You might think that the turn of the calendar from one year tothe next would make people conscious of the passage of time—and,thus, more concerned with their future retirement.

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Not so, according to the seventh annual New Year’s ResolutionSurvey from Allianz Life Insurance Company of North America.Instead, people are focusing more on their health, makingresolutions that top all otherconcerns but faith and family.

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Nearly half (44 percent) of respondents reported their top focusfor 2016 will be on health/wellness. Financial stability trailed bya hefty margin, at just 29 percent, while career/employment, at 13percent, education, at 9 percent, and entertainment/leisure, at apaltry five percent, came in considerably farther behind.

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Forty-three percent of respondents said that they’re most likely(oh, those optimists!) to make and keep their resolution ofdiet/exercise, while 41 percent (still dreaming of post-holidaysales, no doubt) said they’d manage money better in the year tocome.

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Read: 6 industry execs on what to expect in2016

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And nearly one out of every three didn’t even bother to includefinancial planning in their resolutions because of this dismalview: they “don’t make enough money to worry about it.”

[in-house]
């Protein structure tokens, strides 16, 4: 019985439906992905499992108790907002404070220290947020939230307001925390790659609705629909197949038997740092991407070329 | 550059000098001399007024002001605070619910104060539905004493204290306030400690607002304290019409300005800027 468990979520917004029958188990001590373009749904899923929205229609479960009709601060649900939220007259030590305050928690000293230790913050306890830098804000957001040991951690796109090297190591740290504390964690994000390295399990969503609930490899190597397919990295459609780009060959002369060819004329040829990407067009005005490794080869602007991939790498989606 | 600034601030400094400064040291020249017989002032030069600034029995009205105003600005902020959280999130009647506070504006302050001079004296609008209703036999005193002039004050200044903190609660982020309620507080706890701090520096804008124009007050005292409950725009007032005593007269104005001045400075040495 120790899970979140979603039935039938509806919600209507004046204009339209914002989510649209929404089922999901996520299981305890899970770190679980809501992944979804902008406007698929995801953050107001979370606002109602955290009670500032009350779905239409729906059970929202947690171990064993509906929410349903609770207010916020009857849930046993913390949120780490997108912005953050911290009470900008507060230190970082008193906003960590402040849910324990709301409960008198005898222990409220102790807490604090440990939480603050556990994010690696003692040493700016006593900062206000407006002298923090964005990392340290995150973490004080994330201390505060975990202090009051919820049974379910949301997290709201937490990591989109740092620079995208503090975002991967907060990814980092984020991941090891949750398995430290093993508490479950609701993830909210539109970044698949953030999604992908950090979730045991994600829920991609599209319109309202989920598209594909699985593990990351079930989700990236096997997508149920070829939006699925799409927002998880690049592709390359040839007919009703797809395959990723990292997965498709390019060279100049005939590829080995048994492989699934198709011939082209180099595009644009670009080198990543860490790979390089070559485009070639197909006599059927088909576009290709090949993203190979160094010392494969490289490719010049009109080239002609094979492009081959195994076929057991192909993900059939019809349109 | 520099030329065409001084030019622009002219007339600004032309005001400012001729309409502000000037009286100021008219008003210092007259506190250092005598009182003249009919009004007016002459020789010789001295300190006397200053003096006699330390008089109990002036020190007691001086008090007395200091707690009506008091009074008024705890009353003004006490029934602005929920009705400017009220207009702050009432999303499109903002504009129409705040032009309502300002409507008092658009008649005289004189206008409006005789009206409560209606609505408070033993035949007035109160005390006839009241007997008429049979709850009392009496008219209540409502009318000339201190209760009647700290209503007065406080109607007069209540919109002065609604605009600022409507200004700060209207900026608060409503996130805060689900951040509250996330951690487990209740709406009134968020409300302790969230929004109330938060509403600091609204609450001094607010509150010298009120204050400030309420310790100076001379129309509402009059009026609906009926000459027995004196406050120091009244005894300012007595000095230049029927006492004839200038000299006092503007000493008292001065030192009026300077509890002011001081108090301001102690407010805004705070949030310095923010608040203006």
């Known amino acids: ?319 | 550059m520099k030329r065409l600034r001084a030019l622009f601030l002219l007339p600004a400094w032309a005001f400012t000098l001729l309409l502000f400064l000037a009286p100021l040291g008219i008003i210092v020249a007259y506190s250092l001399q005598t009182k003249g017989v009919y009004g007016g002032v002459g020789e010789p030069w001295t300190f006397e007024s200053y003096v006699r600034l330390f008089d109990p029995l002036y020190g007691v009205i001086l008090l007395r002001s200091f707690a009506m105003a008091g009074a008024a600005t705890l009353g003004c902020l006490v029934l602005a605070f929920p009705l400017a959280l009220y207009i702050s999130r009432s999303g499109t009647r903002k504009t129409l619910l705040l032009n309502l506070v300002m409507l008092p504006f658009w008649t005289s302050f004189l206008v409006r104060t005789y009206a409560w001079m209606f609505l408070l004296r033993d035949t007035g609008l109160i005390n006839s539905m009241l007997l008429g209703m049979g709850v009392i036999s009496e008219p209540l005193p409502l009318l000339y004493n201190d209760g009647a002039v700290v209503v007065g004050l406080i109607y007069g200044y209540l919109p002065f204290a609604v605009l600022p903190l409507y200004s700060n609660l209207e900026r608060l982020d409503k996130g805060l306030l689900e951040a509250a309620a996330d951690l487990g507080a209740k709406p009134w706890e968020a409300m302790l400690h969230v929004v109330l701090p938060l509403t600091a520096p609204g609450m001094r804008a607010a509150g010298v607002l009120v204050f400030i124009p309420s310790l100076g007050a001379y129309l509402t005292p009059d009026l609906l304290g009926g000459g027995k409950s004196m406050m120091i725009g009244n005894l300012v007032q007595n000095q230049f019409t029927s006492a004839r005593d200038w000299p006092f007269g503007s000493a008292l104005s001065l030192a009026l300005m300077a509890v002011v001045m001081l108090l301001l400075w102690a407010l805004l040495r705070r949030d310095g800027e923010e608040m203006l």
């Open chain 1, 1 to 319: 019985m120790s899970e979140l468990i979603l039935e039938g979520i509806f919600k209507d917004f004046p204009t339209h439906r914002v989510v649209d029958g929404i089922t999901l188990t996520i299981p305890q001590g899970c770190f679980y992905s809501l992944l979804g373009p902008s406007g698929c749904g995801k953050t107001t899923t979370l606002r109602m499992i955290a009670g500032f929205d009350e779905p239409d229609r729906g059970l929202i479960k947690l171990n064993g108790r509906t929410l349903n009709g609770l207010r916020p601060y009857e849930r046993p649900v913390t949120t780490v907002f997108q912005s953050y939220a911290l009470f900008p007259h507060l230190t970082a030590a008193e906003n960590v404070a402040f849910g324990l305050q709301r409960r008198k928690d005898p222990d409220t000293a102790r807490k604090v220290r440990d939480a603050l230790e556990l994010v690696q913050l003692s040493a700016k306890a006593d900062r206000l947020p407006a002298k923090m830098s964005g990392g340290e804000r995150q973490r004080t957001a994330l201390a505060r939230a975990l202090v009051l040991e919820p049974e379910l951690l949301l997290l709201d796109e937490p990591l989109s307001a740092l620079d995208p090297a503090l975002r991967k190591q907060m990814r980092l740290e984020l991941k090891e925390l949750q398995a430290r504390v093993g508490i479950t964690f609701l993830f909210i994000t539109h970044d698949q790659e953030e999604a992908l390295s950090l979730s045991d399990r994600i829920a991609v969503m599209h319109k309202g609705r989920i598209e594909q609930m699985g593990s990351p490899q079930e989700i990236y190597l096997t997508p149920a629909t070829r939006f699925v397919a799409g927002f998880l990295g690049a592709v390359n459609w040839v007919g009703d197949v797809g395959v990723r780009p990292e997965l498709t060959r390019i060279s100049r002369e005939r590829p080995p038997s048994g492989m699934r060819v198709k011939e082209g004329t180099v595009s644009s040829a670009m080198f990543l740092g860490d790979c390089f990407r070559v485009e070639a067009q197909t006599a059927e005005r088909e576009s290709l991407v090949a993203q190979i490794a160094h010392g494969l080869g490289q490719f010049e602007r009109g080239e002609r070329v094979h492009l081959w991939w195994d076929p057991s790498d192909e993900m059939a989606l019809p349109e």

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That gloomy outlook arises out of people’s fears. “We know fromour research that financial health weighs heavily on people’sminds,” said Katie Libbe, Allianz Life vice president of consumerinsights. Libbe added, “[S]tagnant wages were a top concern and onein three respondents reported they fear another major recession mayhappen in 2016.”

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Even though they’re not planning (financially) for the future,respondents believe the top three things that could improve theirfinances in 2016 are building their savings for emergencies, payingoff credit card debt, and making a budget.

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And even though they’re ostensibly focused on their health, atelling factor of where their thoughts really are is the fact that,if offered free access to professional guidance, more respondentschose a financial professional (37 percent) than anutritionist/dietician (28 percent) or a personal trainer (23percent).

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And they obviously recognize that they have some problems. Someof the top problems cited were: spending too much money on things“I don’t need” (29 percent); saving some money, “but not as much asI could” (28 percent); not saving any money (26 percent) andspending “more than I make” (19 percent).

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No wonder they’re not thinking about retirement….

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